Identity Theft Is Up Across The Nation. How to Protect Yourself

This photo illustration shows a man in a gray hoodie against a background displaying people's credit card information. This story is about how to stop identity theft.
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Data breaches that give hackers access to our personal information happen all too often. The more we depend on digital passwords, the more Bad Guys want to steal them. Millions of people end up changing their passwords, disputing fraudulent charges and arguing with the IRS every year due to identity theft.

And while data breaches are down in 2020, identity theft through other methods is up. There are scams happening around stimulus checks, Amazon and Apple purchases and fake IRS calls.

A report from Wallethub found that Floridians are the most likely to be targeted for identity theft and fraud, while people in Wyoming are the least. But we’re all at risk of getting a scam call, so it’s important to be vigilant and protect yourself.

How to Protect Yourself From Identity Theft and Fraud

When someone steals your identity or targets you for fraud, it’s more than just an unauthorized credit card purchase that you’ll be dealing with. They can wreak havoc on your finances for a long time — they can steal your tax refund, open credit cards in your name and file for unemployment benefits. Your credit score could be damaged, making it difficult for you to get a mortgage, lease a car or open a credit card for years to come.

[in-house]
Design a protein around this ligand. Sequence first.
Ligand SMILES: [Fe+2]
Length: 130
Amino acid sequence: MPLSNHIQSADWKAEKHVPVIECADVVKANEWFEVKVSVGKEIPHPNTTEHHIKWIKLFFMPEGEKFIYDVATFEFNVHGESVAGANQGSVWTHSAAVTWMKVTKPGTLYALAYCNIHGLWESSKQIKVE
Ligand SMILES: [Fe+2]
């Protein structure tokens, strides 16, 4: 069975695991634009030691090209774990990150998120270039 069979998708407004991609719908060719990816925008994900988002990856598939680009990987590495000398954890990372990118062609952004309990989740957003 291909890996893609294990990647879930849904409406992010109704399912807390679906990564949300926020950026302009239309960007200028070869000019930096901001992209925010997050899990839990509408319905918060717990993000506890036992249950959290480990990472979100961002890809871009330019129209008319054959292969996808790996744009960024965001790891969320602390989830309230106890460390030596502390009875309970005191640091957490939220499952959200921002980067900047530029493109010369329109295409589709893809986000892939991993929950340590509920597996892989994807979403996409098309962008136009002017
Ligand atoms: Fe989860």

Make Sure You Don’t Fall For a Scam Or Open Yourself Up to Theft in The First Place

Don’t open emails you don’t recognize, don’t download something from an unrecognized source and never send your password or Social Security number to someone over phone, email or a messenger app. It’s always best to verify it directly from the source it’s coming from.

And remember, the federal government won’t demand payment over the phone via gift cards or wire transfers, and they can’t threaten to call police or immigration if you defy them — these are all marks of a scammer.

You should also choose passwords that are difficult to guess and change them for each website log-in you use. This way, if one website has a data breach, it won’t risk your accounts on other websites.

Keep Tabs on Your Accounts

It may not always be obvious that you’ve been scammed or had your information stolen. There can be small charges on your credit card, or it may be a year before you realize as you’re trying to do your taxes. That’s why it’s important to stay vigilant.

Sign up for account alerts for suspicious activity and check in on your credit score often — you’ll be able to see if someone was trying to open any accounts in your name. Try using a website like Credit Sesame.

Within 90 seconds, you’ll get access to your credit score, any debt-carrying accounts and a handful of personalized tips to improve your score. You’ll be able to spot any errors holding you back (one in five reports have one) and if there’s any suspicious activity.

Want to check for yourself? It’s free and only takes about 90 seconds to sign up.

While some crimes are impossible to prevent on your own, you can still make smart choices online to prevent further attacks and stop new ones from getting worse. Be smart and stay safe!